Displaying Images

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If you're like most photographers, you will soon be overcome with the desire to display your work once you've begun to master some of the more critical camera, composition and enhancement fundamentals. We started with Web graphics as it is a more forgiving medium than producing prints. In the past, there were a host of technical issues with print production that needed to be resolved in order to successfully reproduce what you actually see on the screen. Today, however, modern printers converse with software designed especially to integrate your on screen image details with targeted inks and specialty papers that make reproduction a breeze. As we also found glossy finishes were not to our liking, you may find our venture into medium-format watercolor paper something new and satisfying for displaying images in larger print format than simple card stock.

In our former website we produced our Galleries using the HTML file creator provided in BreezeBrowser Pro. If this sounds like a daunting task, don't be intimidated as the process is automated and simple to implement. We populate a folder with post-processed TIFF images that are reduced to a size of 6X4 inches. We then Edit>Select All, activate the gallery production program in Tools>HTML, enter a suitable heading description and choose the multi-index picture frame option that translates the images into a high quality JPEG template that produces a Main Image (1100X900 pixels) and Thumbnails (420X420 pixels). We then transfer the finished folder to our host site using the CuteFTP Home Edition. We follow the same process today but utilize an internal program to translate these files to our current display format.

When it comes to Web graphics, tonal correction, color adjustment and sharpening doesn't have to be an arduous process. It's a much more forgiving medium than print. We use a simple and quick workflow that generally produces good results. However, mastering the subtlety of each enhancement tool is definitely an acquired skill. As you become more familiar with the power of PhotoShop and compare your results with the work of others, your eye will soon begin to differentiate between what is good or bad color and clarity. Notwithstanding, there are a relatively small number of simple procedures you can try early on that will jump start your ability to determine what, if anything, can be done to enhance an image. Most beginners are lulled into over-using PhotoShop on both good and bad exposures. From our perspective, if you begin with a well-exposed image, there is generally no need to perform other than a few simple functions to bring out the best for use as a Web graphic.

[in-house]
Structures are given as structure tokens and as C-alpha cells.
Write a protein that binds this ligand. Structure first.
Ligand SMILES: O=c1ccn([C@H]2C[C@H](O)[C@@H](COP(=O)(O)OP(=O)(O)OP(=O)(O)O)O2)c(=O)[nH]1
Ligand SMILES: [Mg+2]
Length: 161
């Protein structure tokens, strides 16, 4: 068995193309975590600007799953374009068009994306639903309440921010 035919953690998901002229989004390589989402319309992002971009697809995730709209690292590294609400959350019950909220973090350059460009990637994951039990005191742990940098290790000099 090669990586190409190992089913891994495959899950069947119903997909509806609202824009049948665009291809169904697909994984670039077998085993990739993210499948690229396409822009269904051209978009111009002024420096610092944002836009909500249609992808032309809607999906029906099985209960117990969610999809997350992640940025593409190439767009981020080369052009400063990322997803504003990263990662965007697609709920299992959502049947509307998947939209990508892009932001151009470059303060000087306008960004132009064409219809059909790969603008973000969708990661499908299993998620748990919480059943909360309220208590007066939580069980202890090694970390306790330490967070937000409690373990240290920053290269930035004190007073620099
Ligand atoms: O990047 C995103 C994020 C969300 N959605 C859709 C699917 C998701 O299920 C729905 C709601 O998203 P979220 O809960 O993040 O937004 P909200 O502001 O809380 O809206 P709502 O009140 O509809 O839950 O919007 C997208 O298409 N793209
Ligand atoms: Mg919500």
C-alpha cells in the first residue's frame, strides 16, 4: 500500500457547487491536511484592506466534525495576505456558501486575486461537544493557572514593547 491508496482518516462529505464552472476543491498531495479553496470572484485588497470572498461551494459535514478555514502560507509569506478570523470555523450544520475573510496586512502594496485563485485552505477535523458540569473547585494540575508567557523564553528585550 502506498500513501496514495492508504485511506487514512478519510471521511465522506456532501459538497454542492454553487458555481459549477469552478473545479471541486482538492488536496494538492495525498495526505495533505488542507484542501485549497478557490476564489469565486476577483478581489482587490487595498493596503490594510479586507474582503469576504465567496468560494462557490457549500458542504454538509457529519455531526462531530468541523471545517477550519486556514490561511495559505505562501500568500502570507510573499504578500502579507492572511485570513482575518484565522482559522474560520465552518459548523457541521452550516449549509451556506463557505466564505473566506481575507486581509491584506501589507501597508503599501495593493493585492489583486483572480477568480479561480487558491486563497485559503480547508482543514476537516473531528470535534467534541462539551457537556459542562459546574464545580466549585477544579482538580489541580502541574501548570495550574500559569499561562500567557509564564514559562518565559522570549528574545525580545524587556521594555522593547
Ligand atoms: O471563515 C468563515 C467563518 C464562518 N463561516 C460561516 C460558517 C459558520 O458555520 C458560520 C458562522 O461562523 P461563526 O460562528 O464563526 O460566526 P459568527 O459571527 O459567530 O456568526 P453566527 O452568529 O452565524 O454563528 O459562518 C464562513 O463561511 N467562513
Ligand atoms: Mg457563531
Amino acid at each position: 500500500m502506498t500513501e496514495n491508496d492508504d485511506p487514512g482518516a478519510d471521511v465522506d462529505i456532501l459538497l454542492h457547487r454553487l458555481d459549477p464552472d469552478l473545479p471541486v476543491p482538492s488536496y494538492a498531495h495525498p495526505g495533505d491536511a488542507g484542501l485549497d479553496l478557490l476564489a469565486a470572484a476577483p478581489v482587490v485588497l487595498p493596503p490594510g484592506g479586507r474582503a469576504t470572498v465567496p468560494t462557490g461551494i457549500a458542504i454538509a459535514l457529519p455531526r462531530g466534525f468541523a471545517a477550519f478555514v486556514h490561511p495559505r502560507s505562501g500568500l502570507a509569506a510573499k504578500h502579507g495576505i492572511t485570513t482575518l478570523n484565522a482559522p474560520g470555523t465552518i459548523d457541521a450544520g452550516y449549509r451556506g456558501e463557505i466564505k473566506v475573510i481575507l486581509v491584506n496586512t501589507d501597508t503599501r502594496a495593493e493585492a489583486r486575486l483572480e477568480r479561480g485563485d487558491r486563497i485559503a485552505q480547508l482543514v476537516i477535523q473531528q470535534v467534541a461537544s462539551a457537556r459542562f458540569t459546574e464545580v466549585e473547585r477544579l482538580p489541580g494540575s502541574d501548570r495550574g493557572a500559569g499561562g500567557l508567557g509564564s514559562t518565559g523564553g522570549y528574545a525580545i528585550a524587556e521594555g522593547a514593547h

Although we've already outlined a seven step enhancement process to get you underway (see our Processing synopsis), the following is a variation that we often use when exacting standards are not called for. Remember, you don't have to implement every step if the image is good and little enhancement is required. Before getting underway, make sure you have set up Curves and the Eye Drop Tool correctly (refer to our Workflow synopsis. This will ensure that you maximize the results for color cast correction and pixel sampling. Although we process our images at 16-bit, 360 pixels /inch, we can assure you that working in 8-bit and 240 pixels per inch produces no real differences in color and clarity perception. In any event, the result will be reduced to JPEG at 72 pixels/inch for use as a Web graphic (definitely not a good resolution to be enhancing images at). We also recommend that you do all color adjustments and sharpening at 50% image magnification on a flat screen monitor in a relatively dark room or one where all artificial light has been minimized. It's also best to place the image on a neutral grey background.

In Adobe Camera RAW, we set the white and black points first by moving the Exposure and Black sliders until the image is "pleasing" to the eye. We define pleasing as revealing as much sharp detail as possible without creating or retaining any clipping extremes (we correct any minor clipping that remains with the Highlights slider). This is an easy process as depressing the ALT key while moving the sliders reveals exactly where clipping occurs. If any local contrast enhancement is required, we adjust the Clarity slider until we feel the image looks crisp. We then Open The Image in PhotoShop. This completes the RAW conversion process.